Impey is seriously enthusiastic about space exploration. In his view, the desire to explore and push the boundaries of our environment is part of what defines us as human; it is, he argues, “built into our DNA”. Crucially, though, he’s also a clear-eyed scientist, and his book offers a penetrating analysis of some of the barriers standing in the way of this destiny. It’s particularly insightful on the “new space” movement and how private companies such as Elon Musk’s Space X are reshaping the space industry. This is the second time Impey has appeared on our list of the year’s best books, having also received the nod in 2010 for How It Ends.

The Water Book: the Extraordinary Story of Our Most Ordinary Substance by Alok Jha
“Water, water, everywhere”. In this ambitious book, Jha explores the substance that permeates the lives (and bodies) of every organism on our planet. It’s a fascinating topic, since (as reviewer Helen Maynard-Casely points out) water is “a substance that never quite does what we expect”. In telling its story, Jha serves up an exciting mix of science, history and adventure that’s sure to entertain readers and teach even water experts a thing or two.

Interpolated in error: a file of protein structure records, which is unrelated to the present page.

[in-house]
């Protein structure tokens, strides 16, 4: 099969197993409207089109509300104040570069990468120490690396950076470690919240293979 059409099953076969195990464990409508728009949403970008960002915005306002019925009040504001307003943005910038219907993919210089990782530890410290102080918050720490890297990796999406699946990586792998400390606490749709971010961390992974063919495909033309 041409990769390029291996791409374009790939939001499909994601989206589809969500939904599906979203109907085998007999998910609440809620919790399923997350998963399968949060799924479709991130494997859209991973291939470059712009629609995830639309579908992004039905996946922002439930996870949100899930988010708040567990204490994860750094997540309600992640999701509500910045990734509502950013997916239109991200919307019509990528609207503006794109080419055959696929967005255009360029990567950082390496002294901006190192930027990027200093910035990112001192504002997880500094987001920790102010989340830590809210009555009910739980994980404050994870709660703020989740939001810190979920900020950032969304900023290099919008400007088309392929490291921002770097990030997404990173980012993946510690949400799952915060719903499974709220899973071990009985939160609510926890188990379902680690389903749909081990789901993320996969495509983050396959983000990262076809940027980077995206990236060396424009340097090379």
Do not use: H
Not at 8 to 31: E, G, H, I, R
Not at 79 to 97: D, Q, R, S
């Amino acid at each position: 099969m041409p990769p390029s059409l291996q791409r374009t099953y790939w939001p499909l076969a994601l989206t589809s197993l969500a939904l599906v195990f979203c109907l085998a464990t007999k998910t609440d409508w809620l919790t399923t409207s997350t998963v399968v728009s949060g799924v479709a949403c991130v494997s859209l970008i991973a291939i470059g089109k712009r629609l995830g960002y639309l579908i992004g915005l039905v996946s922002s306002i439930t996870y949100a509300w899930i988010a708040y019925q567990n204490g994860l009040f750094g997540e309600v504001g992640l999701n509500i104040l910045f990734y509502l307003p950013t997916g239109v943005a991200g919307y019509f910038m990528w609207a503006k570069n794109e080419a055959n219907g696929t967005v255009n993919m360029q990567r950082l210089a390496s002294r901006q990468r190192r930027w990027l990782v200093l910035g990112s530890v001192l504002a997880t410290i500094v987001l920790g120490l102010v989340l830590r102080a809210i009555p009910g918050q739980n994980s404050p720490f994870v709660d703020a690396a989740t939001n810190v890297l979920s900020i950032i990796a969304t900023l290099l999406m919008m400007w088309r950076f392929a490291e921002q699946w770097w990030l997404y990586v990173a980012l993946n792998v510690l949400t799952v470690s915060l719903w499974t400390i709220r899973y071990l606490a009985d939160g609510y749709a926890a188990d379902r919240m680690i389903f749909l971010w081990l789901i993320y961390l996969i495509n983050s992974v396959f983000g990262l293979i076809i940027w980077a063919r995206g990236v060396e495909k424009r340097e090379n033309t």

Monsters: the Hindenburg Disaster and the Birth of Pathological Technology by Ed Regis
Nowadays, most people would agree that flying across the Atlantic below a giant bag of ridiculously flammable hydrogen is not a smart idea. For a few decades in the early 20th century, though, and despite their disturbing tendency to (literally) crash and burn, airships were considered the wave of the future. Regis’ provocative book analyses the reasons for their popularity and introduces the concept of “pathological technologies” to explore other, less famous ideas that never should have left the drawing board.

Tunnel Visions: the Rise and Fall of the Superconducting Super Collider by Michael Riordan, Lillian Hoddeson, Adrienne Kolb